Dictatorship, Democracy, and Globalization

Argentina and the Cost of Paralysis, 19732001

By (author) Klaus Friedrich Veigel

Paperback - £24.95

Publication date:

15 August 2012

Length of book:

248 pages

Publisher

Penn State University Press

ISBN-13: 9780271034652

The collapse of the Argentine economy in 2001, involving the extraordinary default on $150 billion in debt, has been blamed variously on the failure of neoliberal policies or on the failure of the Argentine government to pursue those policies vigorously enough during the 1990s. But this is too myopic a view, Klaus Veigel contends, to provide a fully satisfactory explanation of how a country enjoying one of the highest standards of living at the end of the nineteenth century became a virtual economic basket case by the end of the twentieth. Veigel asks us to take the long view of Argentina’s efforts to re-create the conditions for stability and consensus that had brought such great success during the country’s first experience with globalization a century ago.

The experience of war and depression in the late 1930s and early 1940s had discredited the earlier reliance on economic liberalism. In its place came a turn toward a corporatist system of interest representation and state-led, inward-oriented economic policies. But as major changes in the world economy heralded a new era of globalization in the late 1960s and early 1970s, the corporatist system broke down, and no social class or economic interest group was strong enough to create a new social consensus with respect to Argentina’s economic order and role in the world economy. The result was political paralysis leading to economic stagnation as both civilian and military governments oscillated between protectionism and liberalization in their economic policies, which finally brought the country to its nadir in 2001.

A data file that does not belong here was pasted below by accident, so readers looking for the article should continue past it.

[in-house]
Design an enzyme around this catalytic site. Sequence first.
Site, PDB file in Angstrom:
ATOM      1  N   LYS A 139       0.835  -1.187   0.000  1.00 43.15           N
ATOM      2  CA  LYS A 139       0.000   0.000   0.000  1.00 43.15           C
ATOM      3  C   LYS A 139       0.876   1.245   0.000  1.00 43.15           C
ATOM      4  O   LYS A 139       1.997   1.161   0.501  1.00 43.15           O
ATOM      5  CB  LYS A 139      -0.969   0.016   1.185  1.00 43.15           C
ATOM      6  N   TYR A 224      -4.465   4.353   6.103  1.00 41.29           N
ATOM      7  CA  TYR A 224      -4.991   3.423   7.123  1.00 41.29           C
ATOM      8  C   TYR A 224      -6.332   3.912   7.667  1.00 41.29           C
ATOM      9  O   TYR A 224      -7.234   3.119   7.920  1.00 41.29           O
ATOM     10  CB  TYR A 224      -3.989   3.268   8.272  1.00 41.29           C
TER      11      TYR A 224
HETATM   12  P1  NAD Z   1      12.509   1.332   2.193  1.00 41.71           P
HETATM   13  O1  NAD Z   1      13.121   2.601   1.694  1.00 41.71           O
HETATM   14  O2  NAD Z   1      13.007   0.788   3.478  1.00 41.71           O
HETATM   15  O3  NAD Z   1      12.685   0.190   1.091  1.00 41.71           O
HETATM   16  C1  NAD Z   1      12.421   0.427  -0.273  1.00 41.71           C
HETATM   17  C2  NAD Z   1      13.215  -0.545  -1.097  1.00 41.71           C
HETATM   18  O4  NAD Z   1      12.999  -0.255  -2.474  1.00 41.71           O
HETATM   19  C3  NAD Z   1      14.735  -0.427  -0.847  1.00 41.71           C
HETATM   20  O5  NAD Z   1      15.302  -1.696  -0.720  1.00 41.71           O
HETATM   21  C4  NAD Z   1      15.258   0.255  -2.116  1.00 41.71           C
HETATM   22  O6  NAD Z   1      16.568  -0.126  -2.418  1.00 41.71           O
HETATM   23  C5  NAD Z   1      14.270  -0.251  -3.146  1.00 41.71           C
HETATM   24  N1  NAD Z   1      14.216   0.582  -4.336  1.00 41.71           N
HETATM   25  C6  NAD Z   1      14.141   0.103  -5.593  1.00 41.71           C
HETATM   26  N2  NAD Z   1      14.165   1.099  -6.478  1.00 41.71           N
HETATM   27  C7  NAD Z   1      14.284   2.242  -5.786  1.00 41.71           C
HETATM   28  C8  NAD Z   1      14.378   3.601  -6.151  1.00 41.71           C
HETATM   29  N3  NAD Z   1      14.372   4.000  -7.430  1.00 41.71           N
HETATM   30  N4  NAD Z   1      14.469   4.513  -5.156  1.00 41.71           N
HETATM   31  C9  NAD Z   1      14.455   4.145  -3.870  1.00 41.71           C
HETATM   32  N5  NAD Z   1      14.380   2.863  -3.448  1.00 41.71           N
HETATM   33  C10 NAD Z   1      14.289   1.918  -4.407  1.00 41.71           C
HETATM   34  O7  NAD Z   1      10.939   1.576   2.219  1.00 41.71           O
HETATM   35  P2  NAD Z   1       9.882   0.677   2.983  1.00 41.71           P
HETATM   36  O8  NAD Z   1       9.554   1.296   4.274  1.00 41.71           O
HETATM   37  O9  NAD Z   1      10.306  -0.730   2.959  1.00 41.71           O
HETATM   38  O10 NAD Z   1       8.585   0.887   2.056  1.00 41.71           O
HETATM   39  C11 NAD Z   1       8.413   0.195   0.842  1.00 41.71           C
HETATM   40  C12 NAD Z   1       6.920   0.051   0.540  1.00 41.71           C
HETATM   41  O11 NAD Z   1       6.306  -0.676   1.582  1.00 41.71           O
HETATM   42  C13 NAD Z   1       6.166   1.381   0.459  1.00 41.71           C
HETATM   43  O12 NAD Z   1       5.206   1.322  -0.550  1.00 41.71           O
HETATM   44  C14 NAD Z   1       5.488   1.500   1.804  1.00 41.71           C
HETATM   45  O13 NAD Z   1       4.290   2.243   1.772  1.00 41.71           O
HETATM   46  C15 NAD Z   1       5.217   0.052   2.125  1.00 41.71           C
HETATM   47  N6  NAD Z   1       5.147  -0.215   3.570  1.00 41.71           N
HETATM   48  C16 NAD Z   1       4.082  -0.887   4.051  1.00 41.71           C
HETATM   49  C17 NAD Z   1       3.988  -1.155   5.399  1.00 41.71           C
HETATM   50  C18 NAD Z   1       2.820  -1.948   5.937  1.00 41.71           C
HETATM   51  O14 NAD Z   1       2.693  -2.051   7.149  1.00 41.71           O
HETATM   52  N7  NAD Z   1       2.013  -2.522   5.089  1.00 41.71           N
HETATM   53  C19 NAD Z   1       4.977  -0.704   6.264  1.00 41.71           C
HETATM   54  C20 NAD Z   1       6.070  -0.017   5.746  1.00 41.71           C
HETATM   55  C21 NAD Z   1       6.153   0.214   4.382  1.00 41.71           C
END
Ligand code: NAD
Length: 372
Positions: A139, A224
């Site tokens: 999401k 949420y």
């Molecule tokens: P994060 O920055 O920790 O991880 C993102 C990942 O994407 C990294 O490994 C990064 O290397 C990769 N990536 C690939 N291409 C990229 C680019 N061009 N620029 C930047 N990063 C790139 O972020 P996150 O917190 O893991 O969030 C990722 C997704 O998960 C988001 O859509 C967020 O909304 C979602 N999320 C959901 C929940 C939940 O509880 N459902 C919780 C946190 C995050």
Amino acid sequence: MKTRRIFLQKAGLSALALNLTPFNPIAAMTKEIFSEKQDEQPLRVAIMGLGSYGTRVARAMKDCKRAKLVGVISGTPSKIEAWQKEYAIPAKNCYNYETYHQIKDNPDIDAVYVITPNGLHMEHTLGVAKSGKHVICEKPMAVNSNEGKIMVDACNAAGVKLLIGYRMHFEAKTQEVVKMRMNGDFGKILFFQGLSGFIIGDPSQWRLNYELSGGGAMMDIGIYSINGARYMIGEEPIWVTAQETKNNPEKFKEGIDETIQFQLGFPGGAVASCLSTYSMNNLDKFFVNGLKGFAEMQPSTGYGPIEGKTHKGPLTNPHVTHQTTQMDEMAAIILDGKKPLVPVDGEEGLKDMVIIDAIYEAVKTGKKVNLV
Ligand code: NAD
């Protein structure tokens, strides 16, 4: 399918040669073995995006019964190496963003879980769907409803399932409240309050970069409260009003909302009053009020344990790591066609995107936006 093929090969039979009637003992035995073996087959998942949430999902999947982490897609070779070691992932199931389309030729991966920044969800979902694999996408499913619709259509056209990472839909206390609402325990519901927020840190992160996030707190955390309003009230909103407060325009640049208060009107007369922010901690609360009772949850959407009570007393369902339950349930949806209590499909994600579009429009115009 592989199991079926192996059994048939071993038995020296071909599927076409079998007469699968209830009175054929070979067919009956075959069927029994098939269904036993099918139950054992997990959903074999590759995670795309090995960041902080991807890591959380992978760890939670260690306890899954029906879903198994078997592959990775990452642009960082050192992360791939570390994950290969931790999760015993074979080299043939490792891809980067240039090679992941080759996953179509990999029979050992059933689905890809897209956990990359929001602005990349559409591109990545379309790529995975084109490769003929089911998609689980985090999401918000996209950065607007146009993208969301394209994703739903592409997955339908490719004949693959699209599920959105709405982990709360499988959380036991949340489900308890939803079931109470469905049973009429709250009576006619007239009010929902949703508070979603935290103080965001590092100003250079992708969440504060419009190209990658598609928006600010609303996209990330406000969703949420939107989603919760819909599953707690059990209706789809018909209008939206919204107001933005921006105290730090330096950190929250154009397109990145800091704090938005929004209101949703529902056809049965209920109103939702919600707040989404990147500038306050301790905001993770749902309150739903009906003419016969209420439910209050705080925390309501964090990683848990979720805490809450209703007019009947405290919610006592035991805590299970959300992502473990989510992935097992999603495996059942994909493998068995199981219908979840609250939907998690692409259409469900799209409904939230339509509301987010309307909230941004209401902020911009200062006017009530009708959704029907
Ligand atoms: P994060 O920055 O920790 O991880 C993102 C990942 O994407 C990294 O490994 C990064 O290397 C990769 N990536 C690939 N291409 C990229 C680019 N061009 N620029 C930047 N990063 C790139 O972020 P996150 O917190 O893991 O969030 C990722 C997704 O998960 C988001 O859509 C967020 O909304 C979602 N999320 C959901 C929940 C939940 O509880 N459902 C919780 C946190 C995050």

“Veigel’s book addresses an issue that has been at the center of much research in the past. What does explain the steady economic decay of Argentina, particularly from the 1970s onward? Many scholars ascribe the recurring economic crises of that country to the International Monetary Fund and the World Bank’s imposition of misguided policies. Veigel’s thesis challenges this view, as it contends that the seeds of the Argentine decline rest in the socioeconomic disintegration that began to affect that country from the 1940s on as vested interest groups engaged in a zero-sum-game struggle. If things went terribly wrong in Argentina in the twentieth century, it is not because that country was the victim of an international conspiracy. Instead, much of the blame is to be placed squarely on the Argentine political and economic elites. Through the use of new archival data and personal interviews, Veigel traces the historical evolution of Argentine policymaking as resulting primarily from endogenous rather than external factors. Veigel’s work is an excellent contribution to the scholarship on the political economy of Argentina and will make an important point of reference for future works on this controversial subject.”

—Luigi Manzetti, Southern Methodist University